Tuesday May 26, 2009

Literary or educational value

In January 1945 Mosman Council was the first to adopt the Library Act 1939 and the second council to actually provide a library service. Bess Thomas was appointed Chief Librarian and placed on a salary of £350.

The Library Act enabled local councils to establish a free public library service with the assistance of a State Library subsidy on the understanding that councils also contributed funding from their coffers.

The Library Act placed certain obligations on Councils.

Residents and rate payers could borrow any book for free if it was deemed by the librarian to be of ‘literary or educational value’. Everything else cost threepence.

The practice ceased when the new library opened in its present location in 1978.

At the first Management Committee meeting of the newly established Mosman Library on 1 May 1945, it was recommended:

  • that Rosemary Kimber and Patricia Swonnell by appointed as Library Assistants on probation, subject to satisfactory completion of the Library course;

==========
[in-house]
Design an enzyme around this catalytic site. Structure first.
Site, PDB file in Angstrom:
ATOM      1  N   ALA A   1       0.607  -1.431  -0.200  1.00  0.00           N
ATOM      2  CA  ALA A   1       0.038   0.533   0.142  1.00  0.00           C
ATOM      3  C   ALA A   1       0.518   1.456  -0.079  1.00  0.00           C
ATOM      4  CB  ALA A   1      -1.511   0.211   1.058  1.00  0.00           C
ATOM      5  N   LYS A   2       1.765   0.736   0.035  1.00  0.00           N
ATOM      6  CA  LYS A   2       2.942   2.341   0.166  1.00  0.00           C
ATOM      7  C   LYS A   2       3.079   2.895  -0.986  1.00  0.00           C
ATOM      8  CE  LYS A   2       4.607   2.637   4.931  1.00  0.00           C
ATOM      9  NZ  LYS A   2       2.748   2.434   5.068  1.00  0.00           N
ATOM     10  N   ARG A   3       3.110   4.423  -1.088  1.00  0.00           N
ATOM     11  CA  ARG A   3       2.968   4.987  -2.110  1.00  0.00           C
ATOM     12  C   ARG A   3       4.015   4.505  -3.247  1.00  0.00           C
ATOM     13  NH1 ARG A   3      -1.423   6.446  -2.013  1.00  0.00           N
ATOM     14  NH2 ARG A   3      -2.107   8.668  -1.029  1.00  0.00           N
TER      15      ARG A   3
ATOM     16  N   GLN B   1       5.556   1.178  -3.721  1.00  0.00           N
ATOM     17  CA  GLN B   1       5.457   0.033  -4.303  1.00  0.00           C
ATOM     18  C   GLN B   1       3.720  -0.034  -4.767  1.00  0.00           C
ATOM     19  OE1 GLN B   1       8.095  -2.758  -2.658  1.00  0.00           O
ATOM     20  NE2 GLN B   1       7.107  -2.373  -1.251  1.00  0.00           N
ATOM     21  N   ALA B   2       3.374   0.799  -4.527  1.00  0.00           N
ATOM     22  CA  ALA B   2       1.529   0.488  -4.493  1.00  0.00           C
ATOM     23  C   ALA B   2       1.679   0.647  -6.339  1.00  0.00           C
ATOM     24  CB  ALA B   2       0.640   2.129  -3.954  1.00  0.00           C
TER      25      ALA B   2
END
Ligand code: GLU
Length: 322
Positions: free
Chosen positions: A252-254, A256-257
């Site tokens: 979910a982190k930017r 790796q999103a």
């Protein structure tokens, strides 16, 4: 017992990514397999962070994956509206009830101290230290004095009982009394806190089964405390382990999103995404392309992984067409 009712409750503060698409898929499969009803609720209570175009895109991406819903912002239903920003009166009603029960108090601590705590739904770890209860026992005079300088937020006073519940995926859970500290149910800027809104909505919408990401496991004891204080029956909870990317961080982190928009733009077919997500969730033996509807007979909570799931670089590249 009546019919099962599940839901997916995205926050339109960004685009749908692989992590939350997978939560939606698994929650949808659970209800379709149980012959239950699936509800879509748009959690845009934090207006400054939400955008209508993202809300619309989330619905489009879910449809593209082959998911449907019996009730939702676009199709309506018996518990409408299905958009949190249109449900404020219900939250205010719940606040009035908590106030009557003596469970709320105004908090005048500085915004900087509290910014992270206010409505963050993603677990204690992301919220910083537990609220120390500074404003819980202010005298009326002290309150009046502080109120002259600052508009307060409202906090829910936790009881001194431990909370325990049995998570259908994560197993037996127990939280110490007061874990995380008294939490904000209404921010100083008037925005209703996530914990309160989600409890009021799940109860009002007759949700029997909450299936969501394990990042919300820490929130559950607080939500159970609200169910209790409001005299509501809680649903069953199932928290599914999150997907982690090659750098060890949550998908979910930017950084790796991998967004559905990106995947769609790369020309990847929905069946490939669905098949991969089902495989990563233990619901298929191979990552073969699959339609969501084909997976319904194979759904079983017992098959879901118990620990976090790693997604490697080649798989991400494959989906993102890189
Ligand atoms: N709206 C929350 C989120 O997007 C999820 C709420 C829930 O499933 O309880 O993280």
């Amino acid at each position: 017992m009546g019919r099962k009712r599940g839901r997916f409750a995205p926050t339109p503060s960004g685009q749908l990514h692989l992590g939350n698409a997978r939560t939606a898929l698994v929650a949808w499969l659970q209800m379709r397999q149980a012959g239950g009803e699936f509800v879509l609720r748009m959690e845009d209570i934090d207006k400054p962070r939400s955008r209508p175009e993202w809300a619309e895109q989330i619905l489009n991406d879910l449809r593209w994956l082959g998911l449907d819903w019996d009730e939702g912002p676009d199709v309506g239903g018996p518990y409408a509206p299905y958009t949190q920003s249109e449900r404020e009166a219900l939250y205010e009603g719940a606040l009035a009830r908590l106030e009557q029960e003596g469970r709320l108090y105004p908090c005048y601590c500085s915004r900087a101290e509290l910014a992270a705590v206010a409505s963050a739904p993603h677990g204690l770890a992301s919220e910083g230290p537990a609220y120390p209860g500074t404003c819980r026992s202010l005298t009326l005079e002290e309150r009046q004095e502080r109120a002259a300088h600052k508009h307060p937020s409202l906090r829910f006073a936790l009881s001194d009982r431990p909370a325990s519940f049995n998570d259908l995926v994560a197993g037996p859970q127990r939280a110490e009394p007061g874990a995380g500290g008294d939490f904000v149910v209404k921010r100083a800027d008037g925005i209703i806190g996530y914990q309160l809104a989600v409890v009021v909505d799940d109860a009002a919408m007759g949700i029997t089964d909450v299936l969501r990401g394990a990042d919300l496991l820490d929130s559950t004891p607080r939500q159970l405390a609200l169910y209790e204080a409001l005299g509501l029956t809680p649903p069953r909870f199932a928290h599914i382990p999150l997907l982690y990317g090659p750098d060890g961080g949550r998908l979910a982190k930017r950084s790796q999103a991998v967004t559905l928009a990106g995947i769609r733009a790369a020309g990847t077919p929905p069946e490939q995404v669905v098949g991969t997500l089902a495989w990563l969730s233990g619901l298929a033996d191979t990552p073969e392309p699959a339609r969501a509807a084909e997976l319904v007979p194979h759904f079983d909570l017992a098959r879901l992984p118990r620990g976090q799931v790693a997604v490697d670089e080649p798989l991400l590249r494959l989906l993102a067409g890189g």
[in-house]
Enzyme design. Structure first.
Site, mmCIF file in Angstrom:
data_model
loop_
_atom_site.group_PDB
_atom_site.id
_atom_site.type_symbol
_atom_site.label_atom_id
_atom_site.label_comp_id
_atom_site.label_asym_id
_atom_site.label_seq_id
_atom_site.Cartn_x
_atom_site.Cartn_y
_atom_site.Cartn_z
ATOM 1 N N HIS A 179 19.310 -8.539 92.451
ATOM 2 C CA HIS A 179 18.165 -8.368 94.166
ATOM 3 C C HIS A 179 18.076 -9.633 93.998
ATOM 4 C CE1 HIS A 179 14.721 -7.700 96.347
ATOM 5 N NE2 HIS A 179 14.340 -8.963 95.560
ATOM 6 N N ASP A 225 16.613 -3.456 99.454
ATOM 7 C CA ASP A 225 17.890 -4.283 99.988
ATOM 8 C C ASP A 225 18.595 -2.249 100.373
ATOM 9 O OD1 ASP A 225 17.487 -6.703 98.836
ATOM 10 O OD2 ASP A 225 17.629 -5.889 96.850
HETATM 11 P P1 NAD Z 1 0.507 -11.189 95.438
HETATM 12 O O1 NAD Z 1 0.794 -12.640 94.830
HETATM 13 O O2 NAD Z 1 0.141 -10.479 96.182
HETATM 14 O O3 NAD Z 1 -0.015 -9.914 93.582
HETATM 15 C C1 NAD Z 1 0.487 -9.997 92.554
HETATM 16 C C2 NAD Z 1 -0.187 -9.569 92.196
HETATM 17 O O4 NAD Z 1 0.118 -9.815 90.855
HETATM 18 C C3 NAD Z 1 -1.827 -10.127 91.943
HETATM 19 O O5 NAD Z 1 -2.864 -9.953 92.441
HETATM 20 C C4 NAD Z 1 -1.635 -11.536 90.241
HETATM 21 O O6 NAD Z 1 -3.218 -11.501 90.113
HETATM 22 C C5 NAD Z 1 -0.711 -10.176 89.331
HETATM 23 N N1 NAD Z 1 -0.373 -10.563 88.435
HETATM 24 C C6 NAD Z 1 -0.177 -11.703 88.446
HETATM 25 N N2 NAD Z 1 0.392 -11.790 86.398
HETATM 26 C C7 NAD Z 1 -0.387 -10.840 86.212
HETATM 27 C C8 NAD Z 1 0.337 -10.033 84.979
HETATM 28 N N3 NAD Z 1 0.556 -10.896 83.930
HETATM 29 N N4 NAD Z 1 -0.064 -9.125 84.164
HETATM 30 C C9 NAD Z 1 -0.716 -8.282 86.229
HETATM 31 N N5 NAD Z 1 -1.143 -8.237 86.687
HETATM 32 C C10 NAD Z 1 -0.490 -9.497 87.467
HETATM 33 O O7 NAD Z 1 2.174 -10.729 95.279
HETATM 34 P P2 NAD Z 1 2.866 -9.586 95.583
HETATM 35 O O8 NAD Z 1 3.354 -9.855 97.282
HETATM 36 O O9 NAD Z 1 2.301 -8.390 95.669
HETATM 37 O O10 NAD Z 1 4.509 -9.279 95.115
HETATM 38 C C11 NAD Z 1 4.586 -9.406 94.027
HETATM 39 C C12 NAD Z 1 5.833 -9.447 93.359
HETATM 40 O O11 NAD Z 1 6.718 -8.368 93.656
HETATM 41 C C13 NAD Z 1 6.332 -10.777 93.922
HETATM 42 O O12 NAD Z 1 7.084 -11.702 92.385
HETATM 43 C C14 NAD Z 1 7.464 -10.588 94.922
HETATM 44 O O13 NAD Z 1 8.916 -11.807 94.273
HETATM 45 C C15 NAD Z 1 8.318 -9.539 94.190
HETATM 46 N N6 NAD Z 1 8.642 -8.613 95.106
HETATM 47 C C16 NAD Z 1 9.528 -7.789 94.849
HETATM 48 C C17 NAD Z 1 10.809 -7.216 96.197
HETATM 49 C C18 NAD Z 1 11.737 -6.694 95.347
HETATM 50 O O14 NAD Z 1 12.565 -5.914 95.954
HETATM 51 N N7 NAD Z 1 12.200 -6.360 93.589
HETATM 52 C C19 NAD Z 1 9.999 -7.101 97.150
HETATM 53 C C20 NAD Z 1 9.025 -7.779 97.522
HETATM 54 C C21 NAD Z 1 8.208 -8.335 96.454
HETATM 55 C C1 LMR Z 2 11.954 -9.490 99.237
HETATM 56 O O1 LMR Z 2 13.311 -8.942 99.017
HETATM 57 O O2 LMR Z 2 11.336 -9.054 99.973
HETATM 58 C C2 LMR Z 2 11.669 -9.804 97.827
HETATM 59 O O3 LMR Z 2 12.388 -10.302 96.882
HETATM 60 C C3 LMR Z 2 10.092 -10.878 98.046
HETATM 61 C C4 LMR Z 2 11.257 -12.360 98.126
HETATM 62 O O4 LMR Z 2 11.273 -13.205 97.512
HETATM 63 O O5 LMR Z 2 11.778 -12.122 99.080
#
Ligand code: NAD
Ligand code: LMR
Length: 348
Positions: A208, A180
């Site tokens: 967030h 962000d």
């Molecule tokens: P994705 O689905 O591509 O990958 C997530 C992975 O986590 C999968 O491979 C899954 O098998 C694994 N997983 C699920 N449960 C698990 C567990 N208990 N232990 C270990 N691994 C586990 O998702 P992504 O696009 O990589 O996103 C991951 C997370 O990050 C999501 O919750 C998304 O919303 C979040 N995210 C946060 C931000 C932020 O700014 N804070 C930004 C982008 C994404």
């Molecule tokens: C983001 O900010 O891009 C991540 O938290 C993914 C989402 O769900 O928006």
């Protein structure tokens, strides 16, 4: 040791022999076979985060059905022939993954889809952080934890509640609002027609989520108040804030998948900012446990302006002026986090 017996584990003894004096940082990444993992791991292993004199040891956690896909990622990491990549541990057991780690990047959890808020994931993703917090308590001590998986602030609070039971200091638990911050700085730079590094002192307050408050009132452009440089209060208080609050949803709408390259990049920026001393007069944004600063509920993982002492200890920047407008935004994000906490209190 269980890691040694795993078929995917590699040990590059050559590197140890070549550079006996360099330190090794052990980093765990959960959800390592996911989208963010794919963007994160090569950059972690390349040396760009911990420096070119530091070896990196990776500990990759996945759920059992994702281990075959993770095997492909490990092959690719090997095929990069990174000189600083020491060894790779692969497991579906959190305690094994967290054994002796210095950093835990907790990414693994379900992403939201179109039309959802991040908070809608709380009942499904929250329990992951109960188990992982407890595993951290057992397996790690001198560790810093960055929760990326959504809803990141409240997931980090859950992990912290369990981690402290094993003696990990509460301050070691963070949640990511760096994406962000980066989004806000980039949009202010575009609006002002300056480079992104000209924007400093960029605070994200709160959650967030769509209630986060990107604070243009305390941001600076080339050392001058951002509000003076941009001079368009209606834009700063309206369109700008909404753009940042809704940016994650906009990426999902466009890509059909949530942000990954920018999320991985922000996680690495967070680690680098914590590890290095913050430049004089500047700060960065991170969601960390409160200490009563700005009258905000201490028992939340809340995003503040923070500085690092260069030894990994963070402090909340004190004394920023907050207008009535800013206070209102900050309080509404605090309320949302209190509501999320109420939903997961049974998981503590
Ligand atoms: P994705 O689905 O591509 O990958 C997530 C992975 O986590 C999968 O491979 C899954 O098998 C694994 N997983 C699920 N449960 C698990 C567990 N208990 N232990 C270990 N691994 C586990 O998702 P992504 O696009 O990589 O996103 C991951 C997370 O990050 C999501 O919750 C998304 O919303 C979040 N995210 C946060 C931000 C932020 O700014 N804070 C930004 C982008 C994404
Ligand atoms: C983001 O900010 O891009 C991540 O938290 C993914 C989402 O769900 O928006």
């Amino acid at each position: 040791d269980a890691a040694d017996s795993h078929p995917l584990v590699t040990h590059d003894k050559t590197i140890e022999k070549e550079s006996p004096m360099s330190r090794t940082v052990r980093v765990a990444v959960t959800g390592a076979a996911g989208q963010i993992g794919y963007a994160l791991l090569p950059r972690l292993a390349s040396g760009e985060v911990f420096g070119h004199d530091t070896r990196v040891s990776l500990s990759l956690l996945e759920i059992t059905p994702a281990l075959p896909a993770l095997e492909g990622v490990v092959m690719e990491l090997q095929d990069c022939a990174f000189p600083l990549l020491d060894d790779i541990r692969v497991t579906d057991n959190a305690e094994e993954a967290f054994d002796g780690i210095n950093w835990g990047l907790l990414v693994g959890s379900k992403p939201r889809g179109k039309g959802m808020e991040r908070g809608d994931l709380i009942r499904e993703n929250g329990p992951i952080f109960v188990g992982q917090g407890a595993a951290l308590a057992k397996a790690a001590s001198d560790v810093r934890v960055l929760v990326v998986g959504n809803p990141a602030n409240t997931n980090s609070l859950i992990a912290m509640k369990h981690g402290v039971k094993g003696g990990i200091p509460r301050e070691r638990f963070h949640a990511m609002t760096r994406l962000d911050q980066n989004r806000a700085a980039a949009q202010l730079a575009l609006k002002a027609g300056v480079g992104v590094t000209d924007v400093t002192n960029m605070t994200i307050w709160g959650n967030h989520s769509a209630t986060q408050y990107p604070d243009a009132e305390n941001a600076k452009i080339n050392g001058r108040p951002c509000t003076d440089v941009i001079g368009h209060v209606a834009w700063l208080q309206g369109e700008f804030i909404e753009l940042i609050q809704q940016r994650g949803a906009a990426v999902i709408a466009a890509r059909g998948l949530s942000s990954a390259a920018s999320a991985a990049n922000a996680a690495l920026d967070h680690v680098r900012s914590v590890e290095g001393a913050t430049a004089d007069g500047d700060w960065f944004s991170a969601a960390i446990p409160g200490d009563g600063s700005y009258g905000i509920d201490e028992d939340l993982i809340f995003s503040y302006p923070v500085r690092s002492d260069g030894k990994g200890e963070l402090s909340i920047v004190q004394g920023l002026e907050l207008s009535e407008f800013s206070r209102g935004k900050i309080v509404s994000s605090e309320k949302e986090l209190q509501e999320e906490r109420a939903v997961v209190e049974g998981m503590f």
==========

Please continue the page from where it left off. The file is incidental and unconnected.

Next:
• that typing assistance be available for two days a week;
  • that membership be limited to residents of Mosman on presentation of an identity card (this changed in April 1946 when non-residents were able to pay 10 shillings and 6 pence annually in order to use the library);
  • that a charge of threepence a book for seven days be made for fiction books;
  • that non-fiction be issued for 14 days;
  • that a fine of one penny a day be imposed over this period;
  • that the hours be as follows:
    Weekdays: 2-3pm for adults; 5-9pm for adults; 3-5pm for children
    Saturdays: 3-6pm for adults; 9.30-12 noon for children (the hours were to be displayed at the local cinemas).

Local Studies Librarian Donna Braye has added a history of Mosman Library to Wikipedia.

— Posted by Mosman Library in  |  Permalink





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